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Week in Review: Jan. 17-21, 2022

Jan. 21, 2022
Some of the week's biggest headlines, and some news you might have missed

It’s been quite the week—again.

Many of us were dealing with the aftereffects of Winter Storm Izzy earlier this week, and now we’re bracing for Winter Storm Jasper.

According to The Weather Channel, “Schools are closed from parts of Texas to the Florida Panhandle to Virginia, emergencies have been declared in at least three states and freezing rain and snow are being reported in several areas.”

Hopefully, your fridge is stocked, your back has recovered from shoveling and you can hunker down this weekend.

Without further ado, here are some of the biggest headlines, and some you might have missed.

Biden Distributes Test, Masks

Back in December, President Joe Biden announced plans to make at-home COVID-19 tests and face masks available to Americans. This week, the rollout began.

Households can receive four free FDA-approved at-home COVID-19 tests delivered straight to their door via the U.S. Postal Service. The website, COVIDTests.gov, actually went live Tuesday, a day early than planned. Tests are expected to be mailed within seven to 12 days.

The government is also making available 400 million non-surgical N95 masks from its strategic national stockpile free to the public starting next week. That program is expected to be fully up and running by early February.

Instead of being mailed to the home, masks will be available at pharmacies and federally funded health clinics. A list of nearby health centers can be found at findahealthcenter.hrsa.gov, and you can see what pharmacies and retailers are participating with this program in your state at  cdc.gov/vaccines/covid-19/retail-pharmacy-program/participating-pharmacies.html.

More information about the COVID-19 tests is available here and more information about the N95 masks is available here.

Intel Sets Up Shop

Intel officially announced plans today, Jan. 21, that it will invest $20 billion to build two computer chip plans near Columbus, Ohio. This is Intel’s first new manufacturing site in 40 years.

This is big news, not just for us here in Ohio but because they’ll be making semiconductors, which have been in short supply since almost the beginning of the pandemic.

The Columbus Dispatch recounted some of the planning details that led to the announcement.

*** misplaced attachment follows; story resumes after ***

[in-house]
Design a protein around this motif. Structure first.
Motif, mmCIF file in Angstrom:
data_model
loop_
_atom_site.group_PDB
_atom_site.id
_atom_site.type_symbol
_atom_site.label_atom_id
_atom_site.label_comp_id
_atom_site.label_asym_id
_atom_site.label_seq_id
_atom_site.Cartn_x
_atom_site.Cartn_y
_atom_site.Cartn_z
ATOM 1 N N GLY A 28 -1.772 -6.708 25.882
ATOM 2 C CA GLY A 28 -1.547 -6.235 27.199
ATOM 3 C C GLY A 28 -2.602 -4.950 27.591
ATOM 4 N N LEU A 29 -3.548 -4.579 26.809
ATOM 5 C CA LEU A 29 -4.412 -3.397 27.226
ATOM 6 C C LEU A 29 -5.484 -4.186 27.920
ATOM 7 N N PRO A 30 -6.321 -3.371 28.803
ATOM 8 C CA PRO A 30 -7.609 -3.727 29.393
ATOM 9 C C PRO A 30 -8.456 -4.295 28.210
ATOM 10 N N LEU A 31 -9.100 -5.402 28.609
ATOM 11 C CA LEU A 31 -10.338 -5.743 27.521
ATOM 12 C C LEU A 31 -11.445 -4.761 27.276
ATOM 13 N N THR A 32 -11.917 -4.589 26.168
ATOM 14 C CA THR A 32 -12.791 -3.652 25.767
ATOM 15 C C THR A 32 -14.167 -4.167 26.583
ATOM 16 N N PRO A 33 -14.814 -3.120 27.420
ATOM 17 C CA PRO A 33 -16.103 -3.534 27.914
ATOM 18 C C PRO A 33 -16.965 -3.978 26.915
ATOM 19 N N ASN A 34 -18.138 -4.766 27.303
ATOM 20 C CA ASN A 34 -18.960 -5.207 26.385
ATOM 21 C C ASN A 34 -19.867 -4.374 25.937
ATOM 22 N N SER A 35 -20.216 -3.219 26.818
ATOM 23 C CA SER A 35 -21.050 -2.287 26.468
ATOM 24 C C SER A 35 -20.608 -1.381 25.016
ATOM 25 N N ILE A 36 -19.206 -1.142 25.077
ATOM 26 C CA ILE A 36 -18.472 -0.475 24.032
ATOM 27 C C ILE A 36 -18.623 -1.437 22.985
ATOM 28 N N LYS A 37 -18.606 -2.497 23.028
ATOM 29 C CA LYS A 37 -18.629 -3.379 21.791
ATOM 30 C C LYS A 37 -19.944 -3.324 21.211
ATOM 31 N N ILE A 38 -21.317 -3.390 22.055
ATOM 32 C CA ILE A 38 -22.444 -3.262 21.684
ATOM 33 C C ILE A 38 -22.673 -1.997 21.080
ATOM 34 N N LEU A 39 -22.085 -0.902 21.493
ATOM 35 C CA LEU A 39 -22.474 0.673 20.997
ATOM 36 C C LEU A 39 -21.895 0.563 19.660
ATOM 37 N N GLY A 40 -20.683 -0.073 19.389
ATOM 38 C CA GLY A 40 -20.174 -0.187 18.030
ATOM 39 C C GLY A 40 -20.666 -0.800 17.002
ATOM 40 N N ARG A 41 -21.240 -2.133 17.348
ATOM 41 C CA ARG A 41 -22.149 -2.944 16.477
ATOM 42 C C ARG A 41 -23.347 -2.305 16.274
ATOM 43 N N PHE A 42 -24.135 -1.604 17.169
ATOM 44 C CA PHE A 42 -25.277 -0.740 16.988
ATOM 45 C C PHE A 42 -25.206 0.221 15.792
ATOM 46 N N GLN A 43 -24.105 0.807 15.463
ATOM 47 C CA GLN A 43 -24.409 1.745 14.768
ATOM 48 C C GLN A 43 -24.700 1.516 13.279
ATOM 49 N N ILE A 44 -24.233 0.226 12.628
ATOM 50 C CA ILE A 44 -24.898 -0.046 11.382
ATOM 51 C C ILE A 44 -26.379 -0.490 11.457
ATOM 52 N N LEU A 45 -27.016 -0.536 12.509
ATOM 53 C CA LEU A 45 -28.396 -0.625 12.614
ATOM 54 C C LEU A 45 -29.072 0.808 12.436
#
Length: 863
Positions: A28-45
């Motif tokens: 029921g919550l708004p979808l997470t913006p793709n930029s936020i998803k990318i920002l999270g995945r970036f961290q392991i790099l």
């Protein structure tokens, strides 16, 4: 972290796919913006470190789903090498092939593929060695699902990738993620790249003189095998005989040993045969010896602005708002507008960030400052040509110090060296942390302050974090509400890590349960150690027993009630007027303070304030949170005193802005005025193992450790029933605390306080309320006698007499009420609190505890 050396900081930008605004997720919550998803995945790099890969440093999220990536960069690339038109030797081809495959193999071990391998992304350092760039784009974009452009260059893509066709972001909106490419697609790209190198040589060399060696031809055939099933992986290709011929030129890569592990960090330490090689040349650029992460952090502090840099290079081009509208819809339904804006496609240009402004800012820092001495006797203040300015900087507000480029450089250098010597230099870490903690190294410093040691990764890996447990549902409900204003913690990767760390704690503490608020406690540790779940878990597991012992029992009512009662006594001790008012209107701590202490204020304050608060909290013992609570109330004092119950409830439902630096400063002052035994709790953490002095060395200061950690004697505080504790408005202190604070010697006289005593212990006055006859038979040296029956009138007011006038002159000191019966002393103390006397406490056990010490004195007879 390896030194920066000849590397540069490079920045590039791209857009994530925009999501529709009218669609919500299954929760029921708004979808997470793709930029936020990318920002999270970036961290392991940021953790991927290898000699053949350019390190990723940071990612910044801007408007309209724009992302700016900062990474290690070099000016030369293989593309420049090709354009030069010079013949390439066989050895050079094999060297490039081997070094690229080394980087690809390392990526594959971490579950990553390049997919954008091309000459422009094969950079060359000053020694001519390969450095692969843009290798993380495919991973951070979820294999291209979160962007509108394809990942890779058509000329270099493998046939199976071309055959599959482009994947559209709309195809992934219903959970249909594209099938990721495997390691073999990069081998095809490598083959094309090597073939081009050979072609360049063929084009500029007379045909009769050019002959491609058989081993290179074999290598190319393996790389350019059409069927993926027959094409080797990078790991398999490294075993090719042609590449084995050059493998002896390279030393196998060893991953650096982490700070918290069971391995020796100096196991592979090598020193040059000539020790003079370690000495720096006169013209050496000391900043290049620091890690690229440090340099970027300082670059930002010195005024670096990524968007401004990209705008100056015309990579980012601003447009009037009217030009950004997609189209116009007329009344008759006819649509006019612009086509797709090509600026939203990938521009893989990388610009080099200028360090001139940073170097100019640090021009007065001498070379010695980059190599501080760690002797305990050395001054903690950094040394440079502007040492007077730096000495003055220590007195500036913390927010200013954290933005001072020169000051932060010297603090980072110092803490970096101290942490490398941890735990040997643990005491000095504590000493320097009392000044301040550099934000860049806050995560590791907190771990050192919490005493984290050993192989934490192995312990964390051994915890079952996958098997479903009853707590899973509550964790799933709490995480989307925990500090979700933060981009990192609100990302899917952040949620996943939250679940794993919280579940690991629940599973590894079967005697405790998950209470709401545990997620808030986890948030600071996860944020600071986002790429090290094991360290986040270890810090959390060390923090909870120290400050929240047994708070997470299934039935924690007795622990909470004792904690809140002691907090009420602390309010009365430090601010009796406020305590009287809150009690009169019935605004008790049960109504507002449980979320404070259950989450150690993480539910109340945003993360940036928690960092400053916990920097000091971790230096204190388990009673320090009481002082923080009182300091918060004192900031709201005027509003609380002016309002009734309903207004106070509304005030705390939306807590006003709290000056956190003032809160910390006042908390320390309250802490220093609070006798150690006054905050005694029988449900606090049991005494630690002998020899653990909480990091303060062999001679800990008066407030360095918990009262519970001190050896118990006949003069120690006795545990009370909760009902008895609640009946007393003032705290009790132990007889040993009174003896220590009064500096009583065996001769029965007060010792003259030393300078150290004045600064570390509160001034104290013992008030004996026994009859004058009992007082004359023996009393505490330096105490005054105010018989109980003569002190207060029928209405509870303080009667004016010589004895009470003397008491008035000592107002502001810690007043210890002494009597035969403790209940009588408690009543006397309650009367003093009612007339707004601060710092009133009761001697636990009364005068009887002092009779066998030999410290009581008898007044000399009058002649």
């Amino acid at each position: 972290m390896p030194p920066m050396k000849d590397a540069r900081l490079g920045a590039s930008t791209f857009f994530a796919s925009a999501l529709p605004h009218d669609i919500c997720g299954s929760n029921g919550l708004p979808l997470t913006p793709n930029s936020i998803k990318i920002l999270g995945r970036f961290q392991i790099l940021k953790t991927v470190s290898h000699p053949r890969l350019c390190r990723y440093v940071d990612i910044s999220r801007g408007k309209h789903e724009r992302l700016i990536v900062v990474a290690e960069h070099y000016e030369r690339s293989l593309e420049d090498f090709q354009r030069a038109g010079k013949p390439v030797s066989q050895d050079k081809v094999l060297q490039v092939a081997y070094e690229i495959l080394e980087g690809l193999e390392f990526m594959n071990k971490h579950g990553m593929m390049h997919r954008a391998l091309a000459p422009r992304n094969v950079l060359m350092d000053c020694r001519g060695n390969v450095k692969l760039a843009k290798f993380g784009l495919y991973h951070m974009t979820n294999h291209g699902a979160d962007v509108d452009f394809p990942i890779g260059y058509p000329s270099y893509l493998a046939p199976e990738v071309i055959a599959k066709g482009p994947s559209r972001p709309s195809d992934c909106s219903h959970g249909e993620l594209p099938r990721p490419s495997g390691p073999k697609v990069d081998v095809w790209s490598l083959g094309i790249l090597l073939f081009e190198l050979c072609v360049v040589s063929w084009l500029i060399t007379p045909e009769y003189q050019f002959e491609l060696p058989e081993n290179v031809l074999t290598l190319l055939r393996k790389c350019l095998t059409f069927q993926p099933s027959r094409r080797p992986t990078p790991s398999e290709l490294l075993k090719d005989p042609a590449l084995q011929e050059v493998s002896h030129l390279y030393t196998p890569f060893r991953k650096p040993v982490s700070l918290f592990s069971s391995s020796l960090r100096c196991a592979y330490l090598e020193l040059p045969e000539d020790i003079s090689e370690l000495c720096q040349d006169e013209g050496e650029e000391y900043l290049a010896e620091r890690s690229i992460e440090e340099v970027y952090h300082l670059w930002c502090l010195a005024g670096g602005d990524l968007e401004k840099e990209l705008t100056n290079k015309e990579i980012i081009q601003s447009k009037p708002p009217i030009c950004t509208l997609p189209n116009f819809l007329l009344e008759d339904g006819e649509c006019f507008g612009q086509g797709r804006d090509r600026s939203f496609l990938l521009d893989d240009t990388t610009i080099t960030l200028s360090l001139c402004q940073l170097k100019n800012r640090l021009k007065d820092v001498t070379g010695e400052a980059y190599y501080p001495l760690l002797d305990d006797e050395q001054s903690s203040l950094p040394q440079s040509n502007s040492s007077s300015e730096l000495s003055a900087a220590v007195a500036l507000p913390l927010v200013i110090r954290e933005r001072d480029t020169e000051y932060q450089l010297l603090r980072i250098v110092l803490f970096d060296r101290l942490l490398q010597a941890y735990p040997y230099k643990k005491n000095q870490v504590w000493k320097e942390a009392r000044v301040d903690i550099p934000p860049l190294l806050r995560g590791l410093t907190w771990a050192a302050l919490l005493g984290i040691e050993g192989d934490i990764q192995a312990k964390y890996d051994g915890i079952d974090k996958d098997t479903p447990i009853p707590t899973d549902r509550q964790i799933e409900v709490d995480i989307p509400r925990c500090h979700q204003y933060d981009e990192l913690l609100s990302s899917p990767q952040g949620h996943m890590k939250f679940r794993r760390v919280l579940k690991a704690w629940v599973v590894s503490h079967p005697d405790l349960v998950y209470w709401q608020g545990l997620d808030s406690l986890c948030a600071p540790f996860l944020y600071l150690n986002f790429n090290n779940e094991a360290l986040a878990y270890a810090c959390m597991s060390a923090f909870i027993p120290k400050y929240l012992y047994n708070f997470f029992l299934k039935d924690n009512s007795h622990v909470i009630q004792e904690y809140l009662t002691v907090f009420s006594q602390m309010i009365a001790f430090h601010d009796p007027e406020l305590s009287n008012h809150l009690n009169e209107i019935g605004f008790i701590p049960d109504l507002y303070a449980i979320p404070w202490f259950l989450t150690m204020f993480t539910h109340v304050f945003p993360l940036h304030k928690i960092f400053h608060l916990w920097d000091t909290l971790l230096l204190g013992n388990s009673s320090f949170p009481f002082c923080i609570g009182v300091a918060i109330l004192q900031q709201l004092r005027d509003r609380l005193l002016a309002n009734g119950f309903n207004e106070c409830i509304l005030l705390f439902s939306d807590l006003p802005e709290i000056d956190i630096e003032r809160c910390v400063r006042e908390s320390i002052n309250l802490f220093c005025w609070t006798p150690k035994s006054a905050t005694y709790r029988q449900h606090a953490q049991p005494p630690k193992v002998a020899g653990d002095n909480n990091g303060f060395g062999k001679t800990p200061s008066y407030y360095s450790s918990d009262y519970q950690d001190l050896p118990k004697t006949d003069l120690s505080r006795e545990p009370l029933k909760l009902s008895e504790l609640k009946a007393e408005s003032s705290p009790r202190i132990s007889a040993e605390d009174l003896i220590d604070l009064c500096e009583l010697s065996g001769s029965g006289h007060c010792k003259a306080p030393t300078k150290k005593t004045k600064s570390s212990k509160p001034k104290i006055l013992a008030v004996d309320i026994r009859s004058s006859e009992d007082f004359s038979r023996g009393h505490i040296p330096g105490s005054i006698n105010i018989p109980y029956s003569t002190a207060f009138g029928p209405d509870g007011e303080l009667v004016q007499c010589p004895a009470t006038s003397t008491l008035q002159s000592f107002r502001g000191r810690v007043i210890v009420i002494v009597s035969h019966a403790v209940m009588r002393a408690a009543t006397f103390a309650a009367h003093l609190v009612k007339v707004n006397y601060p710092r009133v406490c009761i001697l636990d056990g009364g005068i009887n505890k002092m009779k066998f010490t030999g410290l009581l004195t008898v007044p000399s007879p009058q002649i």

Intel had some requirements of any potential plant sites. The company wanted a minimum number of acres to build on. They wanted to be close to local community colleges and universities, presumably for recruiting workforce talent and research and development. They also wanted affordable water and other utilities. This last one may be of interest to safety professionals:

“The plants will need 5 million gallons of water a day, and the company is committed by 2030 to recycling all the water the plants use along with powering the operations with 100% renewable energy. It also wants to have zero landfill waste and reduce its carbon dioxide footprint.”

Companies are making sustainability and environmental concerns top priorities. They’re focused on responsible stewardship and doing more with less, which will be essential to combatting climate change.

Read the Dispatch story here. Visit EHS Today's sister publication IndustryWeek for coverage of Intel forthcoming plant.

A Plan to Reduce Wildfires

This week, the Biden administration announced a 10-year, multibillion-dollar plan to help reduce the risk of fire on up to 50 million acres that border vulnerable communities out West. The announcement means a quadrupling of the government’s land treatment efforts.

The administration will focus on thinning and intentional burning, marking a change in approach to fighting fires. For the past century, forest management required all fires to be extinguished, and that accumulation of dead vegetation became a fire hazard in and of itself.

The U.S. Department of Agriculture and U.S. Forest Service will contribute, and the Bipartisan Infrastructure Law provides nearly $3 billion in funding. 

At a press conference, Agriculture Secretary Tom Vilsack acknowledge the plan wouldn’t prevent wildfires, but it would help them be less catastrophic.

Learn more about the plan, including links to additional information, here.

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